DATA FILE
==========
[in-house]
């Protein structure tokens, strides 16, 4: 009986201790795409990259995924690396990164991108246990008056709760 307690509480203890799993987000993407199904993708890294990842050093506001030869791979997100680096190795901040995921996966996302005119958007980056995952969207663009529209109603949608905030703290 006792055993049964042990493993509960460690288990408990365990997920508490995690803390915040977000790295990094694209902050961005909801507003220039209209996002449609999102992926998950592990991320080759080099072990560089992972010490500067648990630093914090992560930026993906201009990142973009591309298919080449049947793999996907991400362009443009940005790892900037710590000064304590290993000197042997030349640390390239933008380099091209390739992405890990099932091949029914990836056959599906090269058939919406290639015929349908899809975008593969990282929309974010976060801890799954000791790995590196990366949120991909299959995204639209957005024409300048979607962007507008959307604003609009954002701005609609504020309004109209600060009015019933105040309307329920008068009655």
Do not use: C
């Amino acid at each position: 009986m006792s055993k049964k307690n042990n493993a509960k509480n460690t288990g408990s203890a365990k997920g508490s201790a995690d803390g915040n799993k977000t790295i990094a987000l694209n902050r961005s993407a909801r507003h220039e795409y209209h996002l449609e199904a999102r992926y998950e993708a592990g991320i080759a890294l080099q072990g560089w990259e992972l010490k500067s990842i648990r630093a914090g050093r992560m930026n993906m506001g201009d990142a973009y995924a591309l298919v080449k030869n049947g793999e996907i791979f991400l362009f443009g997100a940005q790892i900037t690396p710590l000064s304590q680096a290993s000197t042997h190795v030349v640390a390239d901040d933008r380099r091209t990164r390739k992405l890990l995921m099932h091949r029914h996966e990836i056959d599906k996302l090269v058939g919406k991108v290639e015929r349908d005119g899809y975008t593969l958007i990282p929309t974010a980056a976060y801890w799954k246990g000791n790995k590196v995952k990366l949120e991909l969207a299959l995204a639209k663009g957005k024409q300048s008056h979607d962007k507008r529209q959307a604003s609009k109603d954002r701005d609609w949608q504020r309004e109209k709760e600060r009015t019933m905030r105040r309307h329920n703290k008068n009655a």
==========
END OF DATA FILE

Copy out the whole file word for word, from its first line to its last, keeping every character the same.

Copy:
[in-house]
């Protein structure tokens, strides 16, 4: 009986201790795409990259995924690396990164991108246990008056709760 307690509480203890799993987000993407199904993708890294990842050093506001030869791979997100680096190795901040995921996966996302005119958007980056995952969207663009529209109603949608905030703290 006792055993049964042990493993509960460690288990408990365990997920508490995690803390915040977000790295990094694209902050961005909801507003220039209209996002449609999102992926998950592990991320080759080099072990560089992972010490500067648990630093914090992560930026993906201009990142973009591309298919080449049947793999996907991400362009443009940005790892900037710590000064304590290993000197042997030349640390390239933008380099091209390739992405890990099932091949029914990836056959599906090269058939919406290639015929349908899809975008593969990282929309974010976060801890799954000791790995590196990366949120991909299959995204639209957005024409300048979607962007507008959307604003609009954002701005609609504020309004109209600060009015019933105040309307329920008068009655």
Do not use: C
């Amino acid at each position: 009986m006792s055993k049964k307690n042990n493993a509960k509480n460690t288990g408990s203890a365990k997920g508490s201790a995690d803390g915040n799993k977000t790295i990094a987000l694209n902050r961005s993407a909801r507003h220039e795409y209209h996002l449609e199904a999102r992926y998950e993708a592990g991320i080759a890294l080099q072990g560089w990259e992972l010490k500067s990842i648990r630093a914090g050093r992560m930026n993906m506001g201009d990142a973009y995924a591309l298919v080449k030869n049947g793999e996907i791979f991400l362009f443009g997100a940005q790892i900037t690396p710590l000064s304590q680096a290993s000197t042997h190795v030349v640390a390239d901040d933008r380099r091209t990164r390739k992405l890990l995921m099932h091949r029914h996966e990836i056959d599906k996302l090269v058939g919406k991108v290639e015929r349908d005119g899809y975008t593969l958007i990282p929309t974010a980056a976060y801890w799954k246990g000791n790995k590196v995952k990366l949120e991909l969207a299959l995204a639209k663009g957005k024409q300048s008056h979607d962007k507008r529209q959307a604003s609009k109603d954002r701005d609609w949608q504020r309004e109209k709760e600060r009015t019933m905030r105040r309307h329920n703290k008068n009655a």